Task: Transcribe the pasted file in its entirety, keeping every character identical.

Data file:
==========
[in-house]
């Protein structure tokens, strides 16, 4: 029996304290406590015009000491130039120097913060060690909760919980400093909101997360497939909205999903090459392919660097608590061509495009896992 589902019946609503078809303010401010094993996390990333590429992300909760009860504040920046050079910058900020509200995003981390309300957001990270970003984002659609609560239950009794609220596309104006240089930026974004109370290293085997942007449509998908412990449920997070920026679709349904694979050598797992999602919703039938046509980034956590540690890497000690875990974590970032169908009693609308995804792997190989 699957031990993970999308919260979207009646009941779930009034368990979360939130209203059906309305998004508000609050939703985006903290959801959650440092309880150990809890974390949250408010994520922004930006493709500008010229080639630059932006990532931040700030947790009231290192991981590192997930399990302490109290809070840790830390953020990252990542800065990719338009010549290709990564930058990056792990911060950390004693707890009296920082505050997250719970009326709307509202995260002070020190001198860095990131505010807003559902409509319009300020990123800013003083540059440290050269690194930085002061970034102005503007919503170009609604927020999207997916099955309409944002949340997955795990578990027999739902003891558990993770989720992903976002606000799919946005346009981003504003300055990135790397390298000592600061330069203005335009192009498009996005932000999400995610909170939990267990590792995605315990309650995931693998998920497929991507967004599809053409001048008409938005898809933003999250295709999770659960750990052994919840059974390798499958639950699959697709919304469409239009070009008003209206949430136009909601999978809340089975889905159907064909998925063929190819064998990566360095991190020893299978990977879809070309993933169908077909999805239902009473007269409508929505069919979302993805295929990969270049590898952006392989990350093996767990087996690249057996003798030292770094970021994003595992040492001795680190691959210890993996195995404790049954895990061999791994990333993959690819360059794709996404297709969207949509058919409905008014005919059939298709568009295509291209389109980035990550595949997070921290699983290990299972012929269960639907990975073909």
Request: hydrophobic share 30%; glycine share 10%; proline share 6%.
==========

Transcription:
[in-house]
């Protein structure tokens, strides 16, 4: 029996304290406590015009000491130039120097913060060690909760919980400093909101997360497939909205999903090459392919660097608590061509495009896992 589902019946609503078809303010401010094993996390990333590429992300909760009860504040920046050079910058900020509200995003981390309300957001990270970003984002659609609560239950009794609220596309104006240089930026974004109370290293085997942007449509998908412990449920997070920026679709349904694979050598797992999602919703039938046509980034956590540690890497000690875990974590970032169908009693609308995804792997190989 699957031990993970999308919260979207009646009941779930009034368990979360939130209203059906309305998004508000609050939703985006903290959801959650440092309880150990809890974390949250408010994520922004930006493709500008010229080639630059932006990532931040700030947790009231290192991981590192997930399990302490109290809070840790830390953020990252990542800065990719338009010549290709990564930058990056792990911060950390004693707890009296920082505050997250719970009326709307509202995260002070020190001198860095990131505010807003559902409509319009300020990123800013003083540059440290050269690194930085002061970034102005503007919503170009609604927020999207997916099955309409944002949340997955795990578990027999739902003891558990993770989720992903976002606000799919946005346009981003504003300055990135790397390298000592600061330069203005335009192009498009996005932000999400995610909170939990267990590792995605315990309650995931693998998920497929991507967004599809053409001048008409938005898809933003999250295709999770659960750990052994919840059974390798499958639950699959697709919304469409239009070009008003209206949430136009909601999978809340089975889905159907064909998925063929190819064998990566360095991190020893299978990977879809070309993933169908077909999805239902009473007269409508929505069919979302993805295929990969270049590898952006392989990350093996767990087996690249057996003798030292770094970021994003595992040492001795680190691959210890993996195995404790049954895990061999791994990333993959690819360059794709996404297709969207949509058919409905008014005919059939298709568009295509291209389109980035990550595949997070921290699983290990299972012929269960639907990975073909």
Request: hydrophobic share 30%; glycine share 10%; proline share 6%.